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Tools

Discussion in 'Renovation & Home Improvement' started by Hodor, 12th Aug, 2015.

  1. Hodor

    Hodor Well-Known Member

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    About to start another reno (3rd in four years) - entire house this time and trying to decide what kind of tools to buy, was looking at getting a cordless kit for convenience and have everything. Previously had experiences where I tried to do things with hand tools and get half way before shelling out some cash and wishing I'd done it sooner.

    I'm not a tradie and they will be used for home maintenance, renos and by mates (also doing renos).

    From those in the know would you get something like Ryobi One or shell out the extra 20% and get a "trade quality" type set over the Ryobi? Guessing I won't get too much more out of them (I could be wrong), however the price isn't hugely different when buying a set of ~5 tools from what I can see.

    Cheers.
     
  2. chindonly

    chindonly Well-Known Member

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    I'm not a tradie, but if I was planning on a lot of work, would always go with the better brands.
    I have mostly Makita and AEG. De Walt and Bosch Blue would be my other choices.

    You will get much more than 20% more in value for the price.

    And if you are working on IPs with them at any time, partly tax deductible!
     
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  3. Brodie Price

    Brodie Price New Member

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    Hey Hodor,

    I'm a builder and I have a milwaukee cordless kit (this is my second one). I am quite happy with it. The 1st one I bought in 2010 and the tools are still going but wear brushes out really quick. Thats why I went and bought myself a new set. Milwaukee also have great warranty on their tools (5 years for the tool, 2 years for the battery, but they are sneaky and only do 3 months on the chucks) and don't ask any questions when you take them in. I had a battery that I thought wasn't performing as well as the rest of mine and they swapped it out no questions asked.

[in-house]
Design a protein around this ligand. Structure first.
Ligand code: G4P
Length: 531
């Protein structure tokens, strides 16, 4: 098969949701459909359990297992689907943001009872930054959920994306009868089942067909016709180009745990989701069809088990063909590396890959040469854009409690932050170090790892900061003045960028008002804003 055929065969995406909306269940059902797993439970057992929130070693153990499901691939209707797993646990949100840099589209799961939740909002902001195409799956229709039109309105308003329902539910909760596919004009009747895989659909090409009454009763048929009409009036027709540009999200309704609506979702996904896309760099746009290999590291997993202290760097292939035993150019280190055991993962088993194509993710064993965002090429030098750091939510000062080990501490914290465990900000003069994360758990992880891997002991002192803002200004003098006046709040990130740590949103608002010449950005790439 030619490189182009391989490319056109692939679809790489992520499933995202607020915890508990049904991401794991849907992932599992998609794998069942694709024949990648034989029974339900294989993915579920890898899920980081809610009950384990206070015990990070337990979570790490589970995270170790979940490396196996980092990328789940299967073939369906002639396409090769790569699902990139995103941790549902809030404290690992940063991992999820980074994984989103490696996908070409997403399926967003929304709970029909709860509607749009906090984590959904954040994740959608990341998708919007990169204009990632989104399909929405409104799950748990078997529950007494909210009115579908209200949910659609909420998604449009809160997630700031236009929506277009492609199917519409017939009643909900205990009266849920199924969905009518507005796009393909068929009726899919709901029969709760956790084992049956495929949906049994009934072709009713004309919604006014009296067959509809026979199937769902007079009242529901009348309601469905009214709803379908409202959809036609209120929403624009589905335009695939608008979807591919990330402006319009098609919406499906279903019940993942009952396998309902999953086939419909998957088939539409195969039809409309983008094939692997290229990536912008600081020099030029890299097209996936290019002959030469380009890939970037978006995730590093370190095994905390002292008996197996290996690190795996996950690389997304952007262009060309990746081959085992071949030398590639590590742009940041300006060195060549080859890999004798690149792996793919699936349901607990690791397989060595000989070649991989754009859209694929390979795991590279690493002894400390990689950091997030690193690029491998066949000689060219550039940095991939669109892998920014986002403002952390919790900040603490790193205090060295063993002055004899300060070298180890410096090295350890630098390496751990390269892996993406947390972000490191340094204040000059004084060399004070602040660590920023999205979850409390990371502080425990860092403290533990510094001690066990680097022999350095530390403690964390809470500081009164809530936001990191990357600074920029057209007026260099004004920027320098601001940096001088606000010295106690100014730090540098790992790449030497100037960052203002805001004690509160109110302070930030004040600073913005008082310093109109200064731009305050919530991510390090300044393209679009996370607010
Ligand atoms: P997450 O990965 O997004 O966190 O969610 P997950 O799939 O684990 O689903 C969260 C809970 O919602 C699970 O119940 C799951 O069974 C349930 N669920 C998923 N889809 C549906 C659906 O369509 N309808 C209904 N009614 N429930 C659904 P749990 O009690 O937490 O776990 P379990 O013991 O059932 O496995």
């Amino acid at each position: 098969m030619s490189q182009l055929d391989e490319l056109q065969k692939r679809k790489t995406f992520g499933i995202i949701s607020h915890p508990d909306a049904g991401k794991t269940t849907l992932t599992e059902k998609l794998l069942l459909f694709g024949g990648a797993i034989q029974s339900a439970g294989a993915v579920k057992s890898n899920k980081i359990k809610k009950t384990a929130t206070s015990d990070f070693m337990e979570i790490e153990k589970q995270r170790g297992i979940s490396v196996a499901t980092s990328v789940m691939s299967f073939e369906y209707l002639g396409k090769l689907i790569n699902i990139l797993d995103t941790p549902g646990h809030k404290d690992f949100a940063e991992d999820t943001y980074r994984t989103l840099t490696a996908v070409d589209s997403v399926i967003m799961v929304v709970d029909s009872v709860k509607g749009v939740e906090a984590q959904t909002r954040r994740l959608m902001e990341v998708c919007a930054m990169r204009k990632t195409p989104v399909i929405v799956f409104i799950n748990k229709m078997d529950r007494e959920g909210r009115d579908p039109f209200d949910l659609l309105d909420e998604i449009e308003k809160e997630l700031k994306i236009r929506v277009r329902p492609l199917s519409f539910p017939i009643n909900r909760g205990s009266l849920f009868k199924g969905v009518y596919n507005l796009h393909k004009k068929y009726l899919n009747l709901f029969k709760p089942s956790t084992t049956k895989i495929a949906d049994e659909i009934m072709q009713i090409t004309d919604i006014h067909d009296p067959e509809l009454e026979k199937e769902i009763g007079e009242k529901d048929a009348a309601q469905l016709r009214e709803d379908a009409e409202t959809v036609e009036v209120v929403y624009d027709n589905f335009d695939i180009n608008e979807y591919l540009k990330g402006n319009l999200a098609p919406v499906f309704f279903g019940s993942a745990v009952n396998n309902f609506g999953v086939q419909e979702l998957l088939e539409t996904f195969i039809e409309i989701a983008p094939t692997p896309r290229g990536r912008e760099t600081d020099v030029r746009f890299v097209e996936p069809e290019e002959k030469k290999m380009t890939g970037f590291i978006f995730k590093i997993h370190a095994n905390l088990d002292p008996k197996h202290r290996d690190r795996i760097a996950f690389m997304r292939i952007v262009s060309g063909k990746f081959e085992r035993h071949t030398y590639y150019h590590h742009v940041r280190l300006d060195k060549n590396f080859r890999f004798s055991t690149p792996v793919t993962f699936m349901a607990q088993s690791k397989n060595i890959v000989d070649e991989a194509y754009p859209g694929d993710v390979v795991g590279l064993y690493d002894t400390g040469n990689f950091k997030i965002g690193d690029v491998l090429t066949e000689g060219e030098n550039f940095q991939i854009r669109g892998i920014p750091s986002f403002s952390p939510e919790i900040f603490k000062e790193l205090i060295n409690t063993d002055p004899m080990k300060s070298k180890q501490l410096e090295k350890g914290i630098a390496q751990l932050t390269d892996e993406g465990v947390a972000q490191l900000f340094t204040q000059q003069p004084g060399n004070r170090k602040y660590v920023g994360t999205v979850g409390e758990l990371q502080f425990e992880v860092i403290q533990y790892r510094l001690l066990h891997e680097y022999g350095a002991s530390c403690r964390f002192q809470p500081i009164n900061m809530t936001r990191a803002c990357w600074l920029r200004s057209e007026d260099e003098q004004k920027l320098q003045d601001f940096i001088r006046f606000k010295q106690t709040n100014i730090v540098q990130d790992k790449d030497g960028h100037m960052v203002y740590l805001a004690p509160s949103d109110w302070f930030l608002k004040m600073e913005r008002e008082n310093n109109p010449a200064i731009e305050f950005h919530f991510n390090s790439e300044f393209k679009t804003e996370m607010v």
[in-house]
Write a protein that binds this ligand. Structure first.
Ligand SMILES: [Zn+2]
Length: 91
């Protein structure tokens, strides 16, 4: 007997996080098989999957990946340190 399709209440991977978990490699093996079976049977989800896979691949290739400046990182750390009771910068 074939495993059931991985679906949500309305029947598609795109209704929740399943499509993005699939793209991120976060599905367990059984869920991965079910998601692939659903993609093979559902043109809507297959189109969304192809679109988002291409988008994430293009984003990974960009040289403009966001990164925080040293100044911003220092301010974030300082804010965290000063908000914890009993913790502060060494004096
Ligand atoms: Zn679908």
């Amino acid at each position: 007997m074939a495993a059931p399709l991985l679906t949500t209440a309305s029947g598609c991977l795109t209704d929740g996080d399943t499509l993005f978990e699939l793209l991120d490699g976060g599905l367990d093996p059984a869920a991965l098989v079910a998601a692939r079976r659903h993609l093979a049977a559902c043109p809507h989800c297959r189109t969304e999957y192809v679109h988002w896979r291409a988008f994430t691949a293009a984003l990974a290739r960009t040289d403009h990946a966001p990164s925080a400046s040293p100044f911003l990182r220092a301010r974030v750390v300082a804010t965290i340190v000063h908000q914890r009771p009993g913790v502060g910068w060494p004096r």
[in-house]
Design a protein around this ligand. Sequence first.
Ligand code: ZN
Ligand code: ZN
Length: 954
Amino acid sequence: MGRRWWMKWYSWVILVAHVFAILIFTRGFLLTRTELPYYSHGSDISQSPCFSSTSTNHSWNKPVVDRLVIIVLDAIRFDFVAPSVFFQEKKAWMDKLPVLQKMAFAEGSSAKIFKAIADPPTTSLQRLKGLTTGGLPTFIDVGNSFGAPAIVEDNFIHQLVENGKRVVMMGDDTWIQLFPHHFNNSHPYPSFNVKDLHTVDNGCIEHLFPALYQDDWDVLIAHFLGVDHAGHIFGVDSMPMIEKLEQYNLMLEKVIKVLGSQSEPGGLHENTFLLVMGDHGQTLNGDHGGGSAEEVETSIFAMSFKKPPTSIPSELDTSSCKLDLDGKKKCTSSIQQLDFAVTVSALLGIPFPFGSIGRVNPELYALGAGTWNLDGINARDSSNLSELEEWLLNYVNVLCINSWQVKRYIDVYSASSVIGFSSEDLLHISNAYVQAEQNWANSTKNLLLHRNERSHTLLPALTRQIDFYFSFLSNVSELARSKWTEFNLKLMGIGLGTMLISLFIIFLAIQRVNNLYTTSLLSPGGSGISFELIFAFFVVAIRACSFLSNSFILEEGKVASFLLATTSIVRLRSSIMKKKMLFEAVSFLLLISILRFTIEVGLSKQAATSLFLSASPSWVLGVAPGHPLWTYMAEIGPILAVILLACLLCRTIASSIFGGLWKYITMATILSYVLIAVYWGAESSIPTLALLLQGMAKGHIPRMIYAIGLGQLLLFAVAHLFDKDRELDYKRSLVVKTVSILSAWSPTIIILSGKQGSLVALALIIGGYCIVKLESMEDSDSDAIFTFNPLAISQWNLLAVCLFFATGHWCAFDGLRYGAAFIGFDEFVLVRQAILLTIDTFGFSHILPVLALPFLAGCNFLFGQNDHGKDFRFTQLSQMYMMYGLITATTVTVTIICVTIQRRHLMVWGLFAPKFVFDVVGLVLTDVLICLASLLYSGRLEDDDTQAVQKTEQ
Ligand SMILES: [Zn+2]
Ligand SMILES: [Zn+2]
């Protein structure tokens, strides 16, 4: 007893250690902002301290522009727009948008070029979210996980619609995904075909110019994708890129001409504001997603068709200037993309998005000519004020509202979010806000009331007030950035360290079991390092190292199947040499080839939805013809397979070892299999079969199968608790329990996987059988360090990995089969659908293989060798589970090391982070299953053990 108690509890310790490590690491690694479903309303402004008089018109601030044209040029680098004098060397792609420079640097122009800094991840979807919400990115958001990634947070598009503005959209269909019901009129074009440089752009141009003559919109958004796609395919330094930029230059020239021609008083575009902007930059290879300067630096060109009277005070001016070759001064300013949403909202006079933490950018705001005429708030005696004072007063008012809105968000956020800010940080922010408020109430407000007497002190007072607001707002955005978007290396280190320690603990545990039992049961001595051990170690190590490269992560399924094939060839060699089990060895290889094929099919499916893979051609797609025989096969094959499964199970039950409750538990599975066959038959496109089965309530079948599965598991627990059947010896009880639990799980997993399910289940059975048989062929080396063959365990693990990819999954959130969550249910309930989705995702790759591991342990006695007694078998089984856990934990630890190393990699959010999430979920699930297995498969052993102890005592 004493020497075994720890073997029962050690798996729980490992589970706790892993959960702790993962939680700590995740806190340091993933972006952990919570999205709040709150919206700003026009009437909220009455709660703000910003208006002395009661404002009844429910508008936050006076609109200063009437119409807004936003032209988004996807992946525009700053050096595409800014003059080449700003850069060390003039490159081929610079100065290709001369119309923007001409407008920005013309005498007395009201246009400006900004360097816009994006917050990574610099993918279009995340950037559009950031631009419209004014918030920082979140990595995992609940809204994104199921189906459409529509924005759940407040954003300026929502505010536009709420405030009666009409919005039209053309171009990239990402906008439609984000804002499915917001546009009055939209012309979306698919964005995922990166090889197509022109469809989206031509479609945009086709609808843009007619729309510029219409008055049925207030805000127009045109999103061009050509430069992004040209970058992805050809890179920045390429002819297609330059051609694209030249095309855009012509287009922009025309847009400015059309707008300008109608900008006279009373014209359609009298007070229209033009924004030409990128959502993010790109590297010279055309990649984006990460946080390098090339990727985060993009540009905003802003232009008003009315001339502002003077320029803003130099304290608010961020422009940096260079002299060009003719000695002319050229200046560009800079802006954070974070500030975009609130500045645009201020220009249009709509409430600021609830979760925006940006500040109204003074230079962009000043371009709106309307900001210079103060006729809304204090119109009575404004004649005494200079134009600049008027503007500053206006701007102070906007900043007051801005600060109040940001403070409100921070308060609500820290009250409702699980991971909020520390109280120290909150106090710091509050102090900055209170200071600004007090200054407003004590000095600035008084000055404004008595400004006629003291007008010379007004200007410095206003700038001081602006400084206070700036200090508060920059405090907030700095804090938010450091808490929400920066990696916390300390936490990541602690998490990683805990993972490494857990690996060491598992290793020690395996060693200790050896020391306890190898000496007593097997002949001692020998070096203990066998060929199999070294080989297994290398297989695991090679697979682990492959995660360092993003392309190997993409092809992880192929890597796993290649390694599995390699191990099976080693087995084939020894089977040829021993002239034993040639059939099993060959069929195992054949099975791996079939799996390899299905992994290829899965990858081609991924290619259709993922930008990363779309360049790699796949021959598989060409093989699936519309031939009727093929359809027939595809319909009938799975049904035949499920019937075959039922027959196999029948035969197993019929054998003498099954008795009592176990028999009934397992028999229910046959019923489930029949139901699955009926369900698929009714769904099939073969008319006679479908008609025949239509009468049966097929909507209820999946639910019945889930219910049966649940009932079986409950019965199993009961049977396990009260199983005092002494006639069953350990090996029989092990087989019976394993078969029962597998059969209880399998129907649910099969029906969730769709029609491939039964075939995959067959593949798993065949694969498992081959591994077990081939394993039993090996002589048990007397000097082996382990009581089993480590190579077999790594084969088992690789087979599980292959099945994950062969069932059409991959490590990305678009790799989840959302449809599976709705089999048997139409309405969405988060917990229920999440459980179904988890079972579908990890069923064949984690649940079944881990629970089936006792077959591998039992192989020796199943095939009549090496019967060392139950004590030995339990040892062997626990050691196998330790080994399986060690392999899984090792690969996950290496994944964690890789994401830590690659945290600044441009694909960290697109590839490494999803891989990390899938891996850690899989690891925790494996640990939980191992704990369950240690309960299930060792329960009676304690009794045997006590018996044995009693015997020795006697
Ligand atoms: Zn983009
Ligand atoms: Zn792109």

Other good battery brands are DeWalt and Makita. Makita literally has nearly every battery tool you can think of and last I looked seemed to be the cheapest. Bosch and Metabo are both good with 240V tools but I haven't seen too many other tradies with their battery gear. A mate of mine had a hitachi kit 14 months ago and tools kept breaking. He took them in under warranty for a while and then went and bought a makita kit because he was sick of the hassle (even though the hitachi ones were still under warranty). Panasonic was good for a while with drills but were lacking extra tools back in 2010 when I bought my 1st Milwaukee kit. Not sure what they are like now.

    The main thing you want to do is make sure you buy a brushless kit. There are some really cheap deals out there for old stock still with the brushes. Brushless motors have substantially more power.

    I hope I have answered any questions you might have had.

    Cheers
     
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  4. Hodor

    Hodor Well-Known Member

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    Thanks, great info so far. Seems so far it is agreed quality is worth the premium.

    Was looking at a Bosch kit, think only half of it is brush less. Only concern with Bosch was their overall range is one of the smallest, 6 year warranty on tools and 3 on batteries.

    Milwaukee seems good value for the kits I looked at (mostly brushed).
     
  5. Brodie Price